With the US scrambling to come up with a fiscal stimulus response or any credible response to the coronavirus pandemic for that matter, investors have been looking to China with growing desperation to bail them out - just as it did in 2008. Only it's not looking too good, because one day after China - whose debt/GDP is now about 350% compared to just over 100% during the financial crisis - reported a huge drop in its monthly credit injection as measured by its February's Total Social Financing series, which crashed to a record low after January's record high...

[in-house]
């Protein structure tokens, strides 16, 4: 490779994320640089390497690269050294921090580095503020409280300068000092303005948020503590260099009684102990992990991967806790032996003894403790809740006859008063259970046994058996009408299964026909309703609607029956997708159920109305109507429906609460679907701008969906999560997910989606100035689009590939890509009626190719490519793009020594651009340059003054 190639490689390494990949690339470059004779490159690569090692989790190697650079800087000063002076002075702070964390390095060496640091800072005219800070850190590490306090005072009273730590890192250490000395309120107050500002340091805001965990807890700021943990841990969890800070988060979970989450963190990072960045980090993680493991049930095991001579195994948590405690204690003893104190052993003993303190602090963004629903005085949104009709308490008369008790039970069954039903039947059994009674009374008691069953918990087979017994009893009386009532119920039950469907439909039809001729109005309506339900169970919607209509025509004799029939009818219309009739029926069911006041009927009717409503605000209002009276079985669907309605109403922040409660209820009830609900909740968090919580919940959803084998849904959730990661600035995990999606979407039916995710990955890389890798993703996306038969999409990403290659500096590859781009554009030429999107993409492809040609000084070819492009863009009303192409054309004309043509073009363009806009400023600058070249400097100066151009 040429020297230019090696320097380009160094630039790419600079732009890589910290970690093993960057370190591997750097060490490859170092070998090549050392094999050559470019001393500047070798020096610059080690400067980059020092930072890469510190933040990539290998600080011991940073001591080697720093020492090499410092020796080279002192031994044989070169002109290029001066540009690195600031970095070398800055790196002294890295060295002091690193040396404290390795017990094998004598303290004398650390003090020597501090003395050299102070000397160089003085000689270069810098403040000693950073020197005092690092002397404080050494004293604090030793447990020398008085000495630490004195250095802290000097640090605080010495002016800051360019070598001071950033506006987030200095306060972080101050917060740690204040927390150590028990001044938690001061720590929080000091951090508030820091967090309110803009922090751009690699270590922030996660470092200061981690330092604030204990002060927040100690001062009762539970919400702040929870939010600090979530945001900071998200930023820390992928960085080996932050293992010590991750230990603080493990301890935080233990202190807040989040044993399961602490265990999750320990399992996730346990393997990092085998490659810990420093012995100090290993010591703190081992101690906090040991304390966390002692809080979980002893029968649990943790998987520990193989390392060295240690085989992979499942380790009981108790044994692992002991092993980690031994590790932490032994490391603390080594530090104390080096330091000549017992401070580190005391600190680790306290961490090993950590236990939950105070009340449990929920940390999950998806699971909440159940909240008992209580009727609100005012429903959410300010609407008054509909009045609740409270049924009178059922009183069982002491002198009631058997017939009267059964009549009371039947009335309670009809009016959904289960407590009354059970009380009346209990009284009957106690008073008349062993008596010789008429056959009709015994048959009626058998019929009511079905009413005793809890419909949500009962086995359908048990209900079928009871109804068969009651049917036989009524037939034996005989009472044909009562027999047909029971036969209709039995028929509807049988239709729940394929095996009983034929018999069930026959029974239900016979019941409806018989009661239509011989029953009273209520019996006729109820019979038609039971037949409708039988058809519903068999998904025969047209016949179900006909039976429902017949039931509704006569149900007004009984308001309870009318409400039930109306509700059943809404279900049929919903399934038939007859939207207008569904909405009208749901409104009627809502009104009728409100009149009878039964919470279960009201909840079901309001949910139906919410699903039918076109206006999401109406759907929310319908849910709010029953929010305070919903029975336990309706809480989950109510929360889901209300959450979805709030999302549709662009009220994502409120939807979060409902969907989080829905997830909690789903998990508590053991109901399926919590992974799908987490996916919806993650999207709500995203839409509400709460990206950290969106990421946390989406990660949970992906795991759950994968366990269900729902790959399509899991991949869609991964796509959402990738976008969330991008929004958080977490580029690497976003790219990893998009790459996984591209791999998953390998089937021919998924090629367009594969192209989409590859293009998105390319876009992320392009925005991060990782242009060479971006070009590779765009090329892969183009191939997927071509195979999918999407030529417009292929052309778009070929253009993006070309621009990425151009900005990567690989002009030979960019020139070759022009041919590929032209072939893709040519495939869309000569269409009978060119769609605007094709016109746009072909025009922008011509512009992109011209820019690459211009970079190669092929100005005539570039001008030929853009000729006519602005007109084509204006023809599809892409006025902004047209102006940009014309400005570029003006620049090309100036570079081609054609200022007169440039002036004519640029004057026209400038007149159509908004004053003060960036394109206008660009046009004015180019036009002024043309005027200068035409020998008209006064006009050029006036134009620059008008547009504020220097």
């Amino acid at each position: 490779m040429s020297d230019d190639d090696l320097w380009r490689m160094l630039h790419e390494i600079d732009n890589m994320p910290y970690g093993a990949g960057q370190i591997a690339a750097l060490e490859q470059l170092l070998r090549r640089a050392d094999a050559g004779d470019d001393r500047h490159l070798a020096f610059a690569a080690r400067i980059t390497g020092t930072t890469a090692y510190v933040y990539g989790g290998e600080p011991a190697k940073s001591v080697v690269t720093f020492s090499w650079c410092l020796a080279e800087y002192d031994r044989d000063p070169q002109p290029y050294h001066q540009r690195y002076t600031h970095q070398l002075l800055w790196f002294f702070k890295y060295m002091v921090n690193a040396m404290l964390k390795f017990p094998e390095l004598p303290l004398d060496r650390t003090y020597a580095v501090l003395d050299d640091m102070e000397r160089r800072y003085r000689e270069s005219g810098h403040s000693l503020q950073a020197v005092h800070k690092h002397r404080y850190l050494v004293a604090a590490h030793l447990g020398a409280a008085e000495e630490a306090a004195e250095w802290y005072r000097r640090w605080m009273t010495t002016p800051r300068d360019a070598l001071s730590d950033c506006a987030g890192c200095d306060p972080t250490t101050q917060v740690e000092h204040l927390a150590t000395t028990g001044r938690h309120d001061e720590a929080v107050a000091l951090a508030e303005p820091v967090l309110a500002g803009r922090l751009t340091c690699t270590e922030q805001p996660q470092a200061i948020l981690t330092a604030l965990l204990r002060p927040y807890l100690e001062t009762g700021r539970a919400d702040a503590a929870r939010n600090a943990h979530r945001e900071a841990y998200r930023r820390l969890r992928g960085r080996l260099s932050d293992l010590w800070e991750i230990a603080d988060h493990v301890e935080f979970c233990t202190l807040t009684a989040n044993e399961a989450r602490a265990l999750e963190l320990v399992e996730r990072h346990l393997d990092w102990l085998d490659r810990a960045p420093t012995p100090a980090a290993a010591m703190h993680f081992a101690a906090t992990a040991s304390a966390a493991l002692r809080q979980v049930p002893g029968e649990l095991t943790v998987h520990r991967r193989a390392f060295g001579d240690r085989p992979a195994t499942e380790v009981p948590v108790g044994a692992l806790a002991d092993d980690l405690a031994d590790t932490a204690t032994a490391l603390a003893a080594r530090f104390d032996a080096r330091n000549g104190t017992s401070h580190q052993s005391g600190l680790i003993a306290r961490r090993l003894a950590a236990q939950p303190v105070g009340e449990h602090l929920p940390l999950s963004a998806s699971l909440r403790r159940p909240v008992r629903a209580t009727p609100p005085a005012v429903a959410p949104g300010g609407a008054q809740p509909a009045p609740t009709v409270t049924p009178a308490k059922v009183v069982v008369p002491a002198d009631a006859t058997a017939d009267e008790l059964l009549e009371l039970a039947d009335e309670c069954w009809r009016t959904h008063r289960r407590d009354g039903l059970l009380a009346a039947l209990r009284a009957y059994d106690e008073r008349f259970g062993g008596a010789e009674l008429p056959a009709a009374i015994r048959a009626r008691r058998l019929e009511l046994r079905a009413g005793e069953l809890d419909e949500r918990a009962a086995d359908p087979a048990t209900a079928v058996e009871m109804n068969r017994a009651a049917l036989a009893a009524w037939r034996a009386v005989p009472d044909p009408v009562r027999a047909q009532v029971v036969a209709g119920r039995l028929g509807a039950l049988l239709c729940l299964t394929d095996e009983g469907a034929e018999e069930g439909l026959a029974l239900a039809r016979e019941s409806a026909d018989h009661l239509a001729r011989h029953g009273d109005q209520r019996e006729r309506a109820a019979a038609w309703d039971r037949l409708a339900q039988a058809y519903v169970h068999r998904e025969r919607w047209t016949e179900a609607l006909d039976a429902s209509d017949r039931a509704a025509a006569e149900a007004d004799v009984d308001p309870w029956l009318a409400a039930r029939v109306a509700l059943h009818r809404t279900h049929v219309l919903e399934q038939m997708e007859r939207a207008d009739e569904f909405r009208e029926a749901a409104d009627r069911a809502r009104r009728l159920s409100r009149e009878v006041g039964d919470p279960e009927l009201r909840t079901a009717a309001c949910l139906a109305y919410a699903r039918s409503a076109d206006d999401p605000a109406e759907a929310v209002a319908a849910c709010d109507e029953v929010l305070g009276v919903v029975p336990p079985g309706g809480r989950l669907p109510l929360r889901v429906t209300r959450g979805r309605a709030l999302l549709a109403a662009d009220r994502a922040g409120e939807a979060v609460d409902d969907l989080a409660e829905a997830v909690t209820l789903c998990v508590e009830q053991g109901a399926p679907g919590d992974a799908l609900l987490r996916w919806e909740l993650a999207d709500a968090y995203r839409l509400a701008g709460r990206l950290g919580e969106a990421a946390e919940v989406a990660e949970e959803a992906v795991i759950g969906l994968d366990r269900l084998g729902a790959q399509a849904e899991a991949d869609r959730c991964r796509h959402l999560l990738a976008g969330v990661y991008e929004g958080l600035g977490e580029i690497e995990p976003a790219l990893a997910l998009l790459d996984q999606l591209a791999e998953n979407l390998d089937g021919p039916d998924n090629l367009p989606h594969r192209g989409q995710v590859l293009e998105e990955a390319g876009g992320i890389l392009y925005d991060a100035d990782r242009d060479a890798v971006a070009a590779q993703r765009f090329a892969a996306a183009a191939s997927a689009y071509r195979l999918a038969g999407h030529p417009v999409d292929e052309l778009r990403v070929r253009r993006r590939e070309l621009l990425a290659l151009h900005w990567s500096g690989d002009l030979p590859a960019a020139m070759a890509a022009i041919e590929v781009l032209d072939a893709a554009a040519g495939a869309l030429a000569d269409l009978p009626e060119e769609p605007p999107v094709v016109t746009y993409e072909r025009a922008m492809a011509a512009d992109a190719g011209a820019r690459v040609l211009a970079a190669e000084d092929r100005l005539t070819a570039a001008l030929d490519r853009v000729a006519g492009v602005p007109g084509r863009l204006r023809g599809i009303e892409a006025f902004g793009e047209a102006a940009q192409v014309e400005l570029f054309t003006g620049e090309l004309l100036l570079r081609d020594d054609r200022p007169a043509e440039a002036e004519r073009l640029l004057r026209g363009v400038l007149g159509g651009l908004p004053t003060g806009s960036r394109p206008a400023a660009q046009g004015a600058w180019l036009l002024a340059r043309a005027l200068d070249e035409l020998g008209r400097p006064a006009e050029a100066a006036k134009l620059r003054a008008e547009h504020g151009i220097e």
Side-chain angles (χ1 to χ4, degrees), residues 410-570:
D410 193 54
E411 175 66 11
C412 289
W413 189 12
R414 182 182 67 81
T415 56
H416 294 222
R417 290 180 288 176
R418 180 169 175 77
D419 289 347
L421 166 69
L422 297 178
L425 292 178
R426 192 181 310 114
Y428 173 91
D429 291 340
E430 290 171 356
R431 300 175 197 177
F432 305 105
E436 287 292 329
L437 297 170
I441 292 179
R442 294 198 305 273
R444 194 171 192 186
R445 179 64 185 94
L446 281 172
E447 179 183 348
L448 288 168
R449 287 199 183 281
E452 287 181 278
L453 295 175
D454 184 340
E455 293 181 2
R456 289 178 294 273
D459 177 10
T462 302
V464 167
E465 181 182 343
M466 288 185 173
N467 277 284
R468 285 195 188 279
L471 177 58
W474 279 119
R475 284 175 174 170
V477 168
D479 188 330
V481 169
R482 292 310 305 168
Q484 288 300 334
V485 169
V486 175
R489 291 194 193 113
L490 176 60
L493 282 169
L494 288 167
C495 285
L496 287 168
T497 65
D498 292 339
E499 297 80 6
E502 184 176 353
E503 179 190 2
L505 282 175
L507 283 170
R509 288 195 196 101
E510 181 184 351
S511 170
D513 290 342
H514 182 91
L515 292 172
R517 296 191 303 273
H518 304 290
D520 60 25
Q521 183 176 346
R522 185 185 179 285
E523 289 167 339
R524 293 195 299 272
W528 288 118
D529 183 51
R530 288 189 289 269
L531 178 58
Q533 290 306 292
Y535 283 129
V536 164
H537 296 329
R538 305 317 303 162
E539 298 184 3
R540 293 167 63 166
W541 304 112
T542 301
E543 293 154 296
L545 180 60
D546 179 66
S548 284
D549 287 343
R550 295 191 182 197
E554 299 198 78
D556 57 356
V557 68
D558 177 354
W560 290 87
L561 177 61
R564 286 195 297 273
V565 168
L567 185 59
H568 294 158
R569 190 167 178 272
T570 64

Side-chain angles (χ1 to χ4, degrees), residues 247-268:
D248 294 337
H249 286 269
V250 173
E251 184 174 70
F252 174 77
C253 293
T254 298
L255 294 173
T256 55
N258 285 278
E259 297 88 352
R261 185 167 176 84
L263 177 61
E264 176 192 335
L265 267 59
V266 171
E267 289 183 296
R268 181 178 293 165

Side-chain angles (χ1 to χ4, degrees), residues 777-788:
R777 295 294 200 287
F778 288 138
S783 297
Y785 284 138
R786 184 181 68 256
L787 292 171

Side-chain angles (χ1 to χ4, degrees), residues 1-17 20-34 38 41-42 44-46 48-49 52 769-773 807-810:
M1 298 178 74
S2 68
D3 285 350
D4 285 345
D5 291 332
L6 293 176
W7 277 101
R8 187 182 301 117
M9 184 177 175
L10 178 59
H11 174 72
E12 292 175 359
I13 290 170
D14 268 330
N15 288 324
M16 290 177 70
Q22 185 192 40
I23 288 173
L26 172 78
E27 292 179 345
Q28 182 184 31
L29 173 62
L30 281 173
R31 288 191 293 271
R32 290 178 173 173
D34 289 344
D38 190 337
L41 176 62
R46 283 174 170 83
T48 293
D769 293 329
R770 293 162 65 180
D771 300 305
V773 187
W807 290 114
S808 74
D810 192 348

... earlier this morning Goldman's commodity sales desk blasted out a short and sweet email, which may have crushed any hopes that China will bailout the market.
Citing a quote by China's premier Li, published overnight in an official Chinese government website:
... which Goldman's desk translates as the following:
"As long as we stablize the economy this year, and as long as employment is stable this year, it will not be a big deal if the economic growth rate is higher or lower."
Goldman's Adam Gillard writes that this is confirmation that Premier Li is now guiding down stimulus, and warns that "Chinese investors have fully priced stimulus, which is why Oct rebar is unchanged vs pre-virus levels, despite record inventories."
His conclusion, which one can confirm by taking a quick look at any market today, was simple: "This is bearish."